Following the announcement of China Food and Drug Administration's (CFDA) new regulation — coming into effect from 1st March 2017 — People for the Ethical Treatment of Animals (PETA) believes it will strengthen the fight to stop animal testing in...
As China announces that it has accepted the first completely non-animal cosmetics test, we spoke to Amanda Nordstrom, who is involved with PETA’s Beauty Without Bunnies programme on what this means for the future of cosmetics testing.
While South Korea has been working on alternative testing that will fall in line with EU or OECD guidelines for some time, government officials have now proposed a $12.6m budget to further develop methods in this area.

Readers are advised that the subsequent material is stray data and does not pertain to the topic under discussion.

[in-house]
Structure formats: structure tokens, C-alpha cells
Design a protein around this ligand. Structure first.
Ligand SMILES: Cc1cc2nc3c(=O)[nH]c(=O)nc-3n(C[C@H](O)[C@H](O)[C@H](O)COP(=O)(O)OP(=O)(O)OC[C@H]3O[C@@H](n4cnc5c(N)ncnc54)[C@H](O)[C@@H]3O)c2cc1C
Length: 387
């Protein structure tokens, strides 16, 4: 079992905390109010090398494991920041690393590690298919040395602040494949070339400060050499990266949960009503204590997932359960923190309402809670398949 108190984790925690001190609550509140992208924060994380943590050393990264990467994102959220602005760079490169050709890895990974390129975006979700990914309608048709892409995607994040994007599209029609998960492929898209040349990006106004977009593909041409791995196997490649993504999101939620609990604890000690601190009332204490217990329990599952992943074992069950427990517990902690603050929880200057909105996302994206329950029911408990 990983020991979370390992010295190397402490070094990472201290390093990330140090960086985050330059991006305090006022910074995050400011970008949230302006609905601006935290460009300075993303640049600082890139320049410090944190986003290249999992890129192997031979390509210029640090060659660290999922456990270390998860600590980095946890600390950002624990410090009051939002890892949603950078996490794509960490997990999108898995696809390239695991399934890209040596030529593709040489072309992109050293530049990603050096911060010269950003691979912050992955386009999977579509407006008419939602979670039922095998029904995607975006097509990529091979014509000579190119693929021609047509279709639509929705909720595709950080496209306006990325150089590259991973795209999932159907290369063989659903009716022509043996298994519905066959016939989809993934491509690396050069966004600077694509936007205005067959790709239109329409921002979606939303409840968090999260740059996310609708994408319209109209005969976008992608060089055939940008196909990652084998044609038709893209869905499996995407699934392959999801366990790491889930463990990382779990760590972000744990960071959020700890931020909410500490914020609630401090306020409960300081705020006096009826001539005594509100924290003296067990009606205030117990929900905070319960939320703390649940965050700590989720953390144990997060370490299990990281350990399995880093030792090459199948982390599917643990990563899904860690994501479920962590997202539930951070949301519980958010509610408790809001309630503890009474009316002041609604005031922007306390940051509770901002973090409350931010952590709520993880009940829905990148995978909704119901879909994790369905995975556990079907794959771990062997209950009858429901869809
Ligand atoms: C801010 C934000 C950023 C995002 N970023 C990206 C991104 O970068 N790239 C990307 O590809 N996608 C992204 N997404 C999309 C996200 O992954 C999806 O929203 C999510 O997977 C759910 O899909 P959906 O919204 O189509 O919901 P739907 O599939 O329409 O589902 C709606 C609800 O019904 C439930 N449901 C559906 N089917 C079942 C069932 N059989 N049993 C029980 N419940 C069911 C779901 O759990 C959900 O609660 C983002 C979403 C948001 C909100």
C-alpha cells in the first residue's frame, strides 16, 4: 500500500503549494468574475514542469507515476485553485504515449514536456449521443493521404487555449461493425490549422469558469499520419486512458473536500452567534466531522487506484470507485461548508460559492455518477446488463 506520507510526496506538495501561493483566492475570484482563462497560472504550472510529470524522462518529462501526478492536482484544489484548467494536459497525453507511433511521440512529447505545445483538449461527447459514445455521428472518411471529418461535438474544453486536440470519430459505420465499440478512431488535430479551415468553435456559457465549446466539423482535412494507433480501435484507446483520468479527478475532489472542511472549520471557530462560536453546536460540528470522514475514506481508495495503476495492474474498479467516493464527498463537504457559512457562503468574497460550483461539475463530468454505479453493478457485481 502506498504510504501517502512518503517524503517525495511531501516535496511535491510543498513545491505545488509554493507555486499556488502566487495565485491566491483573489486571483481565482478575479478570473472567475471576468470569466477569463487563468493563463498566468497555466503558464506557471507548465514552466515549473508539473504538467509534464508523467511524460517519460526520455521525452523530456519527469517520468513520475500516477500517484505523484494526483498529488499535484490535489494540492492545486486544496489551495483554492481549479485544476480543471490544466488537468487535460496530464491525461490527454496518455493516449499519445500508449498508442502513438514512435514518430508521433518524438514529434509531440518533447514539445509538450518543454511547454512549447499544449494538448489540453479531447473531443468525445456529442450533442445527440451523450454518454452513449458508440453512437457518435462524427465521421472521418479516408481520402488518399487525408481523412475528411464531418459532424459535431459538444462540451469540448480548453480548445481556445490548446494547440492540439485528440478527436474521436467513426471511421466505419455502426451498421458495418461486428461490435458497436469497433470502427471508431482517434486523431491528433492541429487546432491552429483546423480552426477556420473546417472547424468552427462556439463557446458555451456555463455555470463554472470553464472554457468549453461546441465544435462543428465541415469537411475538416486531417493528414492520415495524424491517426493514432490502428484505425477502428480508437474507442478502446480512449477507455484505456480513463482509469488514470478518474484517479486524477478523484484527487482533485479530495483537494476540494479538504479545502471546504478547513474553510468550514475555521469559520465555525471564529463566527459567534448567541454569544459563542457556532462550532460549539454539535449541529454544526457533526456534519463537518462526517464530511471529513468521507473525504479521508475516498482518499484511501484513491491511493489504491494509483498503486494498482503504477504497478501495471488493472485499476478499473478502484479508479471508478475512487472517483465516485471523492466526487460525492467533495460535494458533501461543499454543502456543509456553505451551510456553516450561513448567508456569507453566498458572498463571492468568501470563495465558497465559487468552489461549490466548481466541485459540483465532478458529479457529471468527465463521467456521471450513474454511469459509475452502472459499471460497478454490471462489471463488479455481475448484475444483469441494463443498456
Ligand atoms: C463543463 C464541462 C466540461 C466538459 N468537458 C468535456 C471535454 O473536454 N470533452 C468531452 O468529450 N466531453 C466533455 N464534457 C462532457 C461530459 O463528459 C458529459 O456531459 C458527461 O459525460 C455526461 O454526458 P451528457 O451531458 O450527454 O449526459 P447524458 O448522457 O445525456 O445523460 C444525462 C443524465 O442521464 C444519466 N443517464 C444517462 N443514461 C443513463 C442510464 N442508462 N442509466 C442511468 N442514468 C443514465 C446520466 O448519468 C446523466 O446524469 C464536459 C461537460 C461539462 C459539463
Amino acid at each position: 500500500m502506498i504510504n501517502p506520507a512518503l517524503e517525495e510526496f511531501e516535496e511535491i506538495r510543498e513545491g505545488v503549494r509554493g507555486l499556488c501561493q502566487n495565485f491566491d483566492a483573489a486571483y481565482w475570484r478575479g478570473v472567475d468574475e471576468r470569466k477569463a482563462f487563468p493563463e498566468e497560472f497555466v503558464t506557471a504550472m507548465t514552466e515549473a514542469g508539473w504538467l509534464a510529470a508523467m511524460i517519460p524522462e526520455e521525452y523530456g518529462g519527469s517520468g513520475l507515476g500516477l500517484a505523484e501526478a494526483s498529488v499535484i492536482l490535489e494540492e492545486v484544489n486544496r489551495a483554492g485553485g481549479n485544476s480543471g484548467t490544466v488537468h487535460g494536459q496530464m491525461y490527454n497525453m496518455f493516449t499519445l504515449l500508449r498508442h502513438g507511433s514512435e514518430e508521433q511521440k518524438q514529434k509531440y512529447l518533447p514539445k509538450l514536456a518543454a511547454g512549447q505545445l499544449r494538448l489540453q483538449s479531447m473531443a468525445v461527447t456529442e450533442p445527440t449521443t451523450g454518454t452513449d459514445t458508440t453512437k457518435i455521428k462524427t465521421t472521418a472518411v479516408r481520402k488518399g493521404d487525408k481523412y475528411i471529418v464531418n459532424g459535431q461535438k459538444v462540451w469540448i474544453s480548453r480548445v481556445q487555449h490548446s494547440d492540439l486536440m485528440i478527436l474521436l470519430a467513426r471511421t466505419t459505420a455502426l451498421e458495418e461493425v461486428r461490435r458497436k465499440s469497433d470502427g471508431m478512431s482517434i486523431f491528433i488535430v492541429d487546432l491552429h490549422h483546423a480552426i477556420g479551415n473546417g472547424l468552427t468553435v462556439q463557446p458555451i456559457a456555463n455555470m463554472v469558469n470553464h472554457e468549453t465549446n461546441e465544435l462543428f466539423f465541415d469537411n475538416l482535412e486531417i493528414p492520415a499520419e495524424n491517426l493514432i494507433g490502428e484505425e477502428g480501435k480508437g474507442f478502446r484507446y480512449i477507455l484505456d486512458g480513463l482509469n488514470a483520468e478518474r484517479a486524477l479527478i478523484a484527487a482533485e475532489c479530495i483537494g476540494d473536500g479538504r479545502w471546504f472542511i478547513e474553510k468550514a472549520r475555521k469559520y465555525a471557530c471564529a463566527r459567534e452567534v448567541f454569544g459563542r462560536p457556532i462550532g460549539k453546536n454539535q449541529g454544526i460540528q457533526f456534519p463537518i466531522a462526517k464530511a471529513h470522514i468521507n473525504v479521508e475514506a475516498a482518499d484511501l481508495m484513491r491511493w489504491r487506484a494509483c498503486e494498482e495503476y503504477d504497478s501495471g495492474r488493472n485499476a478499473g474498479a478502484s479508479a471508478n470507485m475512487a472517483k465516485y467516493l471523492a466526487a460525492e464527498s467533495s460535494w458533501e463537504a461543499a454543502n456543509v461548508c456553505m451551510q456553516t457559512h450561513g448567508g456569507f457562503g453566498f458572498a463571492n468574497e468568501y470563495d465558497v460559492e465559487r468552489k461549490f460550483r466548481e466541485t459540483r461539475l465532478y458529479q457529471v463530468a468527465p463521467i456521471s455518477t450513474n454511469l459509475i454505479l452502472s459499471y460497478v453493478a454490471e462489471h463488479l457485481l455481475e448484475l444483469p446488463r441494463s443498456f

In a historic move for China, Shanghai-based personal-care company Eco&more has become the very first domestic company to join PETA's cruelty-free list of firms to ban animal testing on their products, formulations, or ingredients.
Although Japanese law does not require most cosmetics to undergo animal testing - it is not prohibited and the government is really feeling the pressure to introduce the same regulatory requirements around alternatives as the EU.